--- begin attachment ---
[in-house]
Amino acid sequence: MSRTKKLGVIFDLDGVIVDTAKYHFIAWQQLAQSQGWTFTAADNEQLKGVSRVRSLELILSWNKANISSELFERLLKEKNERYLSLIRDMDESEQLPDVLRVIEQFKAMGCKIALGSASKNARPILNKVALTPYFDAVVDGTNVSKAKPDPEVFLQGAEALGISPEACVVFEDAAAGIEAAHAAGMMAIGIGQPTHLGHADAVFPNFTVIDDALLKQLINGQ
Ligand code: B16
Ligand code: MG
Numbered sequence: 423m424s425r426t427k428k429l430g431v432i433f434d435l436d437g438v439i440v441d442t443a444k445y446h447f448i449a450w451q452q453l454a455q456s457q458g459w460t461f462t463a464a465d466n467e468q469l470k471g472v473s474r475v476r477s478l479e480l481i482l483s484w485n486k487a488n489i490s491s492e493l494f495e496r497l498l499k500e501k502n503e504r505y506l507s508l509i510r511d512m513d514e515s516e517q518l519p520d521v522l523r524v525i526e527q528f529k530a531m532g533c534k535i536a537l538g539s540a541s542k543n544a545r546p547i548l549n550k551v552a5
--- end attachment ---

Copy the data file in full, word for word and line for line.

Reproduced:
[in-house]
Amino acid sequence: MSRTKKLGVIFDLDGVIVDTAKYHFIAWQQLAQSQGWTFTAADNEQLKGVSRVRSLELILSWNKANISSELFERLLKEKNERYLSLIRDMDESEQLPDVLRVIEQFKAMGCKIALGSASKNARPILNKVALTPYFDAVVDGTNVSKAKPDPEVFLQGAEALGISPEACVVFEDAAAGIEAAHAAGMMAIGIGQPTHLGHADAVFPNFTVIDDALLKQLINGQ
Ligand code: B16
Ligand code: MG
Numbered sequence: 423m424s425r426t427k428k429l430g431v432i433f434d435l436d437g438v439i440v441d442t443a444k445y446h447f448i449a450w451q452q453l454a455q456s457q458g459w460t461f462t463a464a465d466n467e468q469l470k471g472v473s474r475v476r477s478l479e480l481i482l483s484w485n486k487a488n489i490s491s492e493l494f495e496r497l498l499k500e501k502n503e504r505y506l507s508l509i510r511d512m513d514e515s516e517q518l519p520d521v522l523r524v525i526e527q528f529k530a531m532g533c534k535i536a537l538g539s540a541s542k543n544a545r546p547i548l549n550k551v552a5